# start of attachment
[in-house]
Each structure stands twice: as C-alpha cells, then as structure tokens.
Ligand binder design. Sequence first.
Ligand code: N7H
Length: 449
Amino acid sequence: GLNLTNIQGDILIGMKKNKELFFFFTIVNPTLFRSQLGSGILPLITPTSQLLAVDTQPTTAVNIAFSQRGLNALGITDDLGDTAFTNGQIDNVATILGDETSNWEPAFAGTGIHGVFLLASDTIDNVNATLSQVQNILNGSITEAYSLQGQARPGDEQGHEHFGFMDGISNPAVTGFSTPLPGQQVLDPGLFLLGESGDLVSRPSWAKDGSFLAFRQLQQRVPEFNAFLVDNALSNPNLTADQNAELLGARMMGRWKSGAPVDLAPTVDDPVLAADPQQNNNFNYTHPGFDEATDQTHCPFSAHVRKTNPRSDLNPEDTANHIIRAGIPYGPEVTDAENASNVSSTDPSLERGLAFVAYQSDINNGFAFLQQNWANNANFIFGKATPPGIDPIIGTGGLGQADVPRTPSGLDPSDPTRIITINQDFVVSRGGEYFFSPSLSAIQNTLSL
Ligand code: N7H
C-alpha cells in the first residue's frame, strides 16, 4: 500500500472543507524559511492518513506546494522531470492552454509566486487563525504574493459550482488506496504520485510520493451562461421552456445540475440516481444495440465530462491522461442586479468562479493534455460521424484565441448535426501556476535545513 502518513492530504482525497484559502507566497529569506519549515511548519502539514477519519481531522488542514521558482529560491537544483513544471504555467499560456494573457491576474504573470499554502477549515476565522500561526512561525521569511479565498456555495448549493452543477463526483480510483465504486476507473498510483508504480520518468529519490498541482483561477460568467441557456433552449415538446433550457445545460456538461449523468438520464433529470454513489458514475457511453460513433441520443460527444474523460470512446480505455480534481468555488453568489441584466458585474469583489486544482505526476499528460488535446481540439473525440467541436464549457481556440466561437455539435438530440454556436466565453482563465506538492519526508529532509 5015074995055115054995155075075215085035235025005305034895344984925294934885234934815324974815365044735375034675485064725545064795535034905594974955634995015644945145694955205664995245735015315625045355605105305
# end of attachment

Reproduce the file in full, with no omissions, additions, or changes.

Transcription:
[in-house]
Each structure stands twice: as C-alpha cells, then as structure tokens.
Ligand binder design. Sequence first.
Ligand code: N7H
Length: 449
Amino acid sequence: GLNLTNIQGDILIGMKKNKELFFFFTIVNPTLFRSQLGSGILPLITPTSQLLAVDTQPTTAVNIAFSQRGLNALGITDDLGDTAFTNGQIDNVATILGDETSNWEPAFAGTGIHGVFLLASDTIDNVNATLSQVQNILNGSITEAYSLQGQARPGDEQGHEHFGFMDGISNPAVTGFSTPLPGQQVLDPGLFLLGESGDLVSRPSWAKDGSFLAFRQLQQRVPEFNAFLVDNALSNPNLTADQNAELLGARMMGRWKSGAPVDLAPTVDDPVLAADPQQNNNFNYTHPGFDEATDQTHCPFSAHVRKTNPRSDLNPEDTANHIIRAGIPYGPEVTDAENASNVSSTDPSLERGLAFVAYQSDINNGFAFLQQNWANNANFIFGKATPPGIDPIIGTGGLGQADVPRTPSGLDPSDPTRIITINQDFVVSRGGEYFFSPSLSAIQNTLSL
Ligand code: N7H
C-alpha cells in the first residue's frame, strides 16, 4: 500500500472543507524559511492518513506546494522531470492552454509566486487563525504574493459550482488506496504520485510520493451562461421552456445540475440516481444495440465530462491522461442586479468562479493534455460521424484565441448535426501556476535545513 502518513492530504482525497484559502507566497529569506519549515511548519502539514477519519481531522488542514521558482529560491537544483513544471504555467499560456494573457491576474504573470499554502477549515476565522500561526512561525521569511479565498456555495448549493452543477463526483480510483465504486476507473498510483508504480520518468529519490498541482483561477460568467441557456433552449415538446433550457445545460456538461449523468438520464433529470454513489458514475457511453460513433441520443460527444474523460470512446480505455480534481468555488453568489441584466458585474469583489486544482505526476499528460488535446481540439473525440467541436464549457481556440466561437455539435438530440454556436466565453482563465506538492519526508529532509 5015074995055115054995155075075215085035235025005305034895344984925294934885234934815324974815365044735375034675485064725545064795535034905594974955634995015644945145694955205664995245735015315625045355605105305